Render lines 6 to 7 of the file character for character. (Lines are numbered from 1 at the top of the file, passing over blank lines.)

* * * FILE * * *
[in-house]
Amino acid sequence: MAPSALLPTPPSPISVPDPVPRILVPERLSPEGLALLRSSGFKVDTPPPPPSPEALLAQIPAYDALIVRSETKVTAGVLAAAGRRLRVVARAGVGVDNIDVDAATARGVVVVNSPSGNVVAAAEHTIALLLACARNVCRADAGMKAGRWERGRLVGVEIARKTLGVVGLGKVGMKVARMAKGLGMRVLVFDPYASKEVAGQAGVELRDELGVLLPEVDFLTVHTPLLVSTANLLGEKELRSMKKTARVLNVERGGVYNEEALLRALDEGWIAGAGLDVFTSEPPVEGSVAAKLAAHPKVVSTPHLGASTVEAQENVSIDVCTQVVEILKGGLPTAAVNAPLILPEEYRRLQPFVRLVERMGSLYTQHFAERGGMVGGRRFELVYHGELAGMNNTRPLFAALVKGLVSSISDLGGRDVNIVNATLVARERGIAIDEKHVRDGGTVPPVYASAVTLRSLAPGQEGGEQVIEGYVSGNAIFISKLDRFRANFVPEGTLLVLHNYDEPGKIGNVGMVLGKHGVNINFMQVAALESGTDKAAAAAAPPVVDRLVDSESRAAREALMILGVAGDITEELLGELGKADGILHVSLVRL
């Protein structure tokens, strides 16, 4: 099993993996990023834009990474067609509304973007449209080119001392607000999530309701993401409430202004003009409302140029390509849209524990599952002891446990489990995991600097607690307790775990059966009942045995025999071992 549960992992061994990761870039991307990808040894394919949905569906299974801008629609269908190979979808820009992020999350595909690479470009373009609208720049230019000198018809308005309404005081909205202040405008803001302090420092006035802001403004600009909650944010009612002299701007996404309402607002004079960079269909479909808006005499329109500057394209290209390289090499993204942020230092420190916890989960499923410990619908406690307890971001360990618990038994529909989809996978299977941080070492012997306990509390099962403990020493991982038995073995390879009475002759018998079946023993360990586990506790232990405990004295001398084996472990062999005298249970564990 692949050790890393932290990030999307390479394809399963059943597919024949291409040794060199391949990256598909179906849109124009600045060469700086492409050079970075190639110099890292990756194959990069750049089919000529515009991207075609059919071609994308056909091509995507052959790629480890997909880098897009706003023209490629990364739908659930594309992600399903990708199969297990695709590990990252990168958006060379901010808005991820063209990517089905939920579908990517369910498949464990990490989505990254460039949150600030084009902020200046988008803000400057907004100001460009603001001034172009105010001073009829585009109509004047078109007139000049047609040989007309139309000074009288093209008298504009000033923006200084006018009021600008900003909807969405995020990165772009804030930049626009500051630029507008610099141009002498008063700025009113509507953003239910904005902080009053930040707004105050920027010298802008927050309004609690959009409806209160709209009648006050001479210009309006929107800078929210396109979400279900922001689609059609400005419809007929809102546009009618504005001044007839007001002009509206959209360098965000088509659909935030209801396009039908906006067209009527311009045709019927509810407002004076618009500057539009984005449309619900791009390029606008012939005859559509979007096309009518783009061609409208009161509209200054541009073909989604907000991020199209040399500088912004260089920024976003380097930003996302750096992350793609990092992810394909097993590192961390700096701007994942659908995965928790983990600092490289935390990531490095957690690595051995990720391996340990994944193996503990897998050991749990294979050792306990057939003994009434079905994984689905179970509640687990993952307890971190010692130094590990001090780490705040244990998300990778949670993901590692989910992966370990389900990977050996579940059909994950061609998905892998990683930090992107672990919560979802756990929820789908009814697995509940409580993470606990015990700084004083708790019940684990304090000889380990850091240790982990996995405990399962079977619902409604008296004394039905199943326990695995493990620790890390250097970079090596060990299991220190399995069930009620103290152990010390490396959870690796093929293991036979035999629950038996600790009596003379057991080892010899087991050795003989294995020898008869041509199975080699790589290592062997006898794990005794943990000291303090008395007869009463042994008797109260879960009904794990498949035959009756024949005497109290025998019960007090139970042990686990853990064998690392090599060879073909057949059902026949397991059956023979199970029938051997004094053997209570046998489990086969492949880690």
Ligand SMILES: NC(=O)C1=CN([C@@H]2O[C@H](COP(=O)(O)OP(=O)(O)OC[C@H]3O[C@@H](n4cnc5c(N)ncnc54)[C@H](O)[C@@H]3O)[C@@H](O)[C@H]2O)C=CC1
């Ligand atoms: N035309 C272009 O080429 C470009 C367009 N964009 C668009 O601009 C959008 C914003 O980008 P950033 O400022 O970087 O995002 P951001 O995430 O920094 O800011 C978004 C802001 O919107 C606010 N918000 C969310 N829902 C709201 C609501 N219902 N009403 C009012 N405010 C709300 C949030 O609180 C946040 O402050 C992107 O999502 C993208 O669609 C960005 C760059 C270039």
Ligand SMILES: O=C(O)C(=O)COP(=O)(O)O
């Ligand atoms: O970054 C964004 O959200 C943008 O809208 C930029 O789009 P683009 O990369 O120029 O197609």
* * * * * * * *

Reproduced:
Ligand SMILES: O=C(O)C(=O)COP(=O)(O)O
């Ligand atoms: O970054 C964004 O959200 C943008 O809208 C930029 O789009 P683009 O990369 O120029 O197609």